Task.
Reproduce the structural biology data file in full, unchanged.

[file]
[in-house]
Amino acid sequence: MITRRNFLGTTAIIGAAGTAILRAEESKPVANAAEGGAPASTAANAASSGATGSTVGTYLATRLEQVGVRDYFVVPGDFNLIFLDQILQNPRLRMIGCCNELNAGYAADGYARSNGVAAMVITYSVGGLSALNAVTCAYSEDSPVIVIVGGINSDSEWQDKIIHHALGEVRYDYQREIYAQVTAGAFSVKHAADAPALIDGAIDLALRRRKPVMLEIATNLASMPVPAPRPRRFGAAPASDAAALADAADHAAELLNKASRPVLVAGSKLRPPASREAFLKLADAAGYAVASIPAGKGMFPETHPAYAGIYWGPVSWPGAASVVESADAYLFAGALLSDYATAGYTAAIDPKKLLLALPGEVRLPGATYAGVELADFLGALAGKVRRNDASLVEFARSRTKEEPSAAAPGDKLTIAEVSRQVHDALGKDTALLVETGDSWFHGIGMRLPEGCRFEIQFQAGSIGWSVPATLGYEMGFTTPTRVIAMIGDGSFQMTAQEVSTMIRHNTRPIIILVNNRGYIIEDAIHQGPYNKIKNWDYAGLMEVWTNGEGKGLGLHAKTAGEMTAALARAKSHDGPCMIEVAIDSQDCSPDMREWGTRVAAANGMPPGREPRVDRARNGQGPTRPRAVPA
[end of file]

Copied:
[in-house]
Amino acid sequence: MITRRNFLGTTAIIGAAGTAILRAEESKPVANAAEGGAPASTAANAASSGATGSTVGTYLATRLEQVGVRDYFVVPGDFNLIFLDQILQNPRLRMIGCCNELNAGYAADGYARSNGVAAMVITYSVGGLSALNAVTCAYSEDSPVIVIVGGINSDSEWQDKIIHHALGEVRYDYQREIYAQVTAGAFSVKHAADAPALIDGAIDLALRRRKPVMLEIATNLASMPVPAPRPRRFGAAPASDAAALADAADHAAELLNKASRPVLVAGSKLRPPASREAFLKLADAAGYAVASIPAGKGMFPETHPAYAGIYWGPVSWPGAASVVESADAYLFAGALLSDYATAGYTAAIDPKKLLLALPGEVRLPGATYAGVELADFLGALAGKVRRNDASLVEFARSRTKEEPSAAAPGDKLTIAEVSRQVHDALGKDTALLVETGDSWFHGIGMRLPEGCRFEIQFQAGSIGWSVPATLGYEMGFTTPTRVIAMIGDGSFQMTAQEVSTMIRHNTRPIIILVNNRGYIIEDAIHQGPYNKIKNWDYAGLMEVWTNGEGKGLGLHAKTAGEMTAALARAKSHDGPCMIEVAIDSQDCSPDMREWGTRVAAANGMPPGREPRVDRARNGQGPTRPRAVPA